Brian Daboll, New York Giants (July 29, 2022)

Brian Daboll – © USA TODAY Sports

For the fourth time in six years, the New York Football Giants are starting a season with a new head coach. As Yogi once supposedly said, “déjà vu all over again.” The hope and prayers by a worn-down fan base is that this time will be different. My overall impression is that most New York Giants fans will accept another losing season as long as they think the team is actually building towards something rather than just treading water in mediocrity (or worse). They want the franchise to have a viable vision, a plan, a strategy for turning things around.

Perhaps it is just wishful thinking, but it seems like the new regime of Joe Schoen and Brian Daboll are ready to make tough decisions. They stood firm on purging the roster of $40 million in cap space, despite the fact they lost guys like CB James Bradberry in the process. While they brought in 35 new players in free agency, they did not break the bank and most of those players were signed to minimum, 1-year deals. Another 11 players were added in the draft, a few of which are projected to have major roles right out of the gate.

Could the Giants be a surprise team in 2022? Anything is possible, but a lot of things would have to break their way, some of which are unlikely. They do have an easy schedule. The defense has depth issues, but the starting group looks pretty good on paper. Most of the concern understandably lies with the offense. But the Giants do have two bright offensive minds now in charge on that side of the ball in Daboll and Offensive Coordinator Mike Kafka.

The most difficult thing for fans to accept is that the team is starting over. Again. There was no banked progress from the previous three regimes. They are back to square one. Fans need to recognize and accept that. But fans are also tired of hearing about “learning curves” and “building chemistry” and “creating a winning culture.” Watching your favorite team isn’t supposed to be a chore. It’s supposed to be fun.

They key player who has missed all of camp is Azeez Ojulari. He’s supposedly close to returning, but he has missed a lot of time. Losing Marcus McKethan for the season due to an ACL injury will hurt. He had already moved ahead on the depth chart to second-team right guard and right tackle. Who knows when (or if) Sterling Shepard, Nick Gates, and Matt Peart will return?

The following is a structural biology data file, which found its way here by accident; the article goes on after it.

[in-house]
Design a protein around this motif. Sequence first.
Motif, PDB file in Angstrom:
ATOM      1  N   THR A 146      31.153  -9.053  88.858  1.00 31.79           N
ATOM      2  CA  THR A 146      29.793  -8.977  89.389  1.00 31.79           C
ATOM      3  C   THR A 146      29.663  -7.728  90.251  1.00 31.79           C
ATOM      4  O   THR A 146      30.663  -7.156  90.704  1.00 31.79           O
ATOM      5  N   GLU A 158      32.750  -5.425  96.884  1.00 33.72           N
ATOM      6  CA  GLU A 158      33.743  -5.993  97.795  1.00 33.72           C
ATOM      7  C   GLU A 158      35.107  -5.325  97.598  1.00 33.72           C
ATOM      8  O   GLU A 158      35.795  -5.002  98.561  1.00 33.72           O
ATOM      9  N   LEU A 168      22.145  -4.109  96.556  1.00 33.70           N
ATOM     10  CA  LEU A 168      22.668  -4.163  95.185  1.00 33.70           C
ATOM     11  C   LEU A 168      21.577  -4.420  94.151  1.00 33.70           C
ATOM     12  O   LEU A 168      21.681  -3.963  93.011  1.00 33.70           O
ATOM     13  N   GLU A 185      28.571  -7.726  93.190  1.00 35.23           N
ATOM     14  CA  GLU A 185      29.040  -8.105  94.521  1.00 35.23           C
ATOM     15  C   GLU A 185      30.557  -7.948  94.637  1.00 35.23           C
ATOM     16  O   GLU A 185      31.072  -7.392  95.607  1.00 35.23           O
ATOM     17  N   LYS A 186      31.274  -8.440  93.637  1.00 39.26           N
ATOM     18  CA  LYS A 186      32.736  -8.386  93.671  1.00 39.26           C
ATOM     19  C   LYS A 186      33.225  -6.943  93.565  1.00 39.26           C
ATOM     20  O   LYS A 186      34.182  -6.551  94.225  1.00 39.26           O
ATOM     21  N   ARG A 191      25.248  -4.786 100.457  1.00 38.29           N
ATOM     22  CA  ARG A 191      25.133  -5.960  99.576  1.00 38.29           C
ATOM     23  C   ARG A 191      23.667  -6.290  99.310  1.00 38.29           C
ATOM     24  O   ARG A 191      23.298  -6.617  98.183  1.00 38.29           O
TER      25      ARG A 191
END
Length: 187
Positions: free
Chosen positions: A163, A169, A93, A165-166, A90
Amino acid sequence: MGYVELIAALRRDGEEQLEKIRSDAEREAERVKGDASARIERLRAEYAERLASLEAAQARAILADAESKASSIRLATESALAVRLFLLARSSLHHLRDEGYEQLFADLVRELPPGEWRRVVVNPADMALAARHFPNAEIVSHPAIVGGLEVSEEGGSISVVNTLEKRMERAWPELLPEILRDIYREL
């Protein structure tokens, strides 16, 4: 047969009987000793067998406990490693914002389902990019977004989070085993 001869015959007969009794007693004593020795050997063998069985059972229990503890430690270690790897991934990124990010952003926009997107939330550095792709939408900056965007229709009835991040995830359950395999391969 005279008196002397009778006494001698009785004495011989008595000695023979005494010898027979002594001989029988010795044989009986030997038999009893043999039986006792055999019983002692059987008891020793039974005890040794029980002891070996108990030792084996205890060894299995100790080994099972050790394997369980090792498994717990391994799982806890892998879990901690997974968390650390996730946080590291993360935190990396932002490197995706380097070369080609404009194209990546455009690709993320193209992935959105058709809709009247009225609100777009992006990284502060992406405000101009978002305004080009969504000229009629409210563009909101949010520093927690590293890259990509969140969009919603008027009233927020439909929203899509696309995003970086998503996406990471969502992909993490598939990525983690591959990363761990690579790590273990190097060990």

Missing practice this week were DL Leonard Williams (unknown), DL Nick Williams (unknown), LB Quincy Roche (unknown), RB Matt Breida (unknown), WR David Sills (unknown), TE Andre Miller (broken arm?), TE Ricky Seals-Jones (unknown), OL Josh Ezeudu (unknown), LB Carter Coughlin (unknown), CB Rodarius Williams (returning from ACL), and S Dane Belton (broken left collarbone). Most of these guys will probably not play. Belton missing all of camp hurts as he was already receiving first-team snaps when he got hurt.

In my opinion, 2022 is not about a playoff chase. It’s about two things: (1) building the foundation of a team that will contend in 2023 and beyond, and (2) relatedly, making a final decision on Daniel Jones. Jones’ final audition begins on August 11th at 7:00PM and may NOT continue until early January 2023, when the team plays its final regular-season game of the season. It’s not out of the realm of possibility that Jones will lose his starting job to Tyrod Taylor at some point. That’s how serious this situation has become for Jones.

Jones is in a tough spot. He’s on his third head coach and third offensive system in four years. The fan base has clearly turned on him and are over-analyzing every single action. The increased use of option routes where the receivers can make the quarterback look bad will be an issue. In any normal situation, Jones would be given time to grow into the new scheme. But time is the one thing Jones no longer has. I would go as far to say that the odds are really stacked against him at this point. His only hope is to tune everything out and just play ball. Don’t play afraid. Go out on your own terms. Playing it safe isn’t going to cut it.

Fans will also be watching a decade-long sore spot: the offensive line. There will be growing pains as the line builds chemistry (there’s that word again), but the Giants look to have cornerstone bookends at tackle. Jon Feliciano at center and Mark Glowinksi at right guard should be solid enough. The only real competition may be at left guard between Shane Lemieux and Joshua Ezeudu (who may not play this week). When analyzing Evan Neal, keep in mind what Offensive Line Coach Bobby Johnson spoke about this week. Neal is not only transitioning back to right tackle, but they are teaching him a completely new style of pass protection than he learned at Alabama. There will be some rough moments.